The IMF has warned that rising debt levels in China is posing a threat to financial stability of the world’s second largest economy.
As the government focuses on monetary and fiscal policies aimed at supporting employment and growth, it keeps running companies that are non-viable—rather than allowing them to fail, IMF said in its Financial System Stability Assessment (FSSA).
It pointed out that the high corporate debt and household indebtedness are rising at a fast pace. The corporate det is now 165% of GDP, and household debt has has risen by 15 percentage points of GDP over the past five years.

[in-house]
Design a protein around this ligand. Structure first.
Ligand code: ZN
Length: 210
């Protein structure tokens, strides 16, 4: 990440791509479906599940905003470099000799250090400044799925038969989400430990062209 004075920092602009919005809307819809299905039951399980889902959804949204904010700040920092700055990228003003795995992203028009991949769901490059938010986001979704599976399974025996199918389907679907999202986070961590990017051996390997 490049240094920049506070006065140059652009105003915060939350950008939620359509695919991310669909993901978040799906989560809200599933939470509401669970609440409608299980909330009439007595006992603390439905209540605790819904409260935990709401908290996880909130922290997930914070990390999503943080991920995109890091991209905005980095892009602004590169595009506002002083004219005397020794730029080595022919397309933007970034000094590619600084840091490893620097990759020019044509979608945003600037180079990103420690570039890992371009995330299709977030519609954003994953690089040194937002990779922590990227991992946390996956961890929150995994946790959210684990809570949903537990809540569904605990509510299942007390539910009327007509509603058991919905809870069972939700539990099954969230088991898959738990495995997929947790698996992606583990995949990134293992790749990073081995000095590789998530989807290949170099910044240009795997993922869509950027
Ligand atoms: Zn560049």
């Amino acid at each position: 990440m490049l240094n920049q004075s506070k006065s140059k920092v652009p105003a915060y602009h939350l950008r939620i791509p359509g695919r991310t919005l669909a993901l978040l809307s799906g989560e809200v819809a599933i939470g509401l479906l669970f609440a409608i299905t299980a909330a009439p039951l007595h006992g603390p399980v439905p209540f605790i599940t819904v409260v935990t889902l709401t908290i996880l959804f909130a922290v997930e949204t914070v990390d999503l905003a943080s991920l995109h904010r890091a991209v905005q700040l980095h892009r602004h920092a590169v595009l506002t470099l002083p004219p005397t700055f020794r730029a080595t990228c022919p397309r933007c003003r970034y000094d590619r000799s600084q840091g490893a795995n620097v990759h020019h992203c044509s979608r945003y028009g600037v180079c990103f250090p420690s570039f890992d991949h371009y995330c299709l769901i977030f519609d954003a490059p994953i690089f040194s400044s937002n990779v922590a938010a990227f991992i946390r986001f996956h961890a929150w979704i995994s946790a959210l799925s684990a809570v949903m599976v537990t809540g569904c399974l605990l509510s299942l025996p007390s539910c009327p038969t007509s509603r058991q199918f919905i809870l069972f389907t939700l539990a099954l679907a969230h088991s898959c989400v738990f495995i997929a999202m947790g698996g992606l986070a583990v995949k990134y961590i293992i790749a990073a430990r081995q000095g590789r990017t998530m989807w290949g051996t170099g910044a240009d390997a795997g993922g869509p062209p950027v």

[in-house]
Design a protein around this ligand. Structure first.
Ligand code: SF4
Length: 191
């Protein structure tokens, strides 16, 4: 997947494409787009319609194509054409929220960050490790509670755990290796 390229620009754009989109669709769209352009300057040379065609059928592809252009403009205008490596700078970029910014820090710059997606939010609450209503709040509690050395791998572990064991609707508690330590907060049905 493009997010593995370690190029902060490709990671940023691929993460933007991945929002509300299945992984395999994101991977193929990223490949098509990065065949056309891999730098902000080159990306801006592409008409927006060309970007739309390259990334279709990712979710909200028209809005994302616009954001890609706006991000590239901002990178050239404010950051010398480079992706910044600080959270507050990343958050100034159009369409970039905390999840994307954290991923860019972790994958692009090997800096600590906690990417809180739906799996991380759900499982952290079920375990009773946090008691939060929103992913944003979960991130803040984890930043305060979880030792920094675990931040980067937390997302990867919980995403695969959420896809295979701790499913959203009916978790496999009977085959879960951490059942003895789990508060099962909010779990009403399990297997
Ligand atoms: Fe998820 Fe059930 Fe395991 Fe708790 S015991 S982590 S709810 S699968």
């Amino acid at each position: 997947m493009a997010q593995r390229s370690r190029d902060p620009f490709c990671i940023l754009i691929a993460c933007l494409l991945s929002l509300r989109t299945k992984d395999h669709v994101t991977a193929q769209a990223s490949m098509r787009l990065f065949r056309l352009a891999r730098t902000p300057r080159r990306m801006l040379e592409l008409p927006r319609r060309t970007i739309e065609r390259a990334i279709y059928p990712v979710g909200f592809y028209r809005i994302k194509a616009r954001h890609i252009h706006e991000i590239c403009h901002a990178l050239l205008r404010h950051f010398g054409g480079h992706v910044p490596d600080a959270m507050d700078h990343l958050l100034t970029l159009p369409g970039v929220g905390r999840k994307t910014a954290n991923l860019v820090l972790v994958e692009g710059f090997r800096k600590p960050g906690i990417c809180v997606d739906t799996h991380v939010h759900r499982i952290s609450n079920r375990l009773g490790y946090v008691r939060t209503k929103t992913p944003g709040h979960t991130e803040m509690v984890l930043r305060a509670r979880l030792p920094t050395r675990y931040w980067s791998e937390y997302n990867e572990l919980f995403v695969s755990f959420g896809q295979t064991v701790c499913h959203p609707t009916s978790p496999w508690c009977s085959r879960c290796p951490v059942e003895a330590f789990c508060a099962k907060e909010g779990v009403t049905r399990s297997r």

“Credit growth has outpaced GDP growth, leading to a large credit overhang. The credit-to-GDP ratio is now about 25% above the long-term trend, very high by international standards and consistent with a high probability of financial distress,” it said.
The report urged the Chinese government to put less focus on on targets for growth — which has led to excessive credit expansion and higher levels of debt at local level — but more on spotting risks ahead and financial supervision.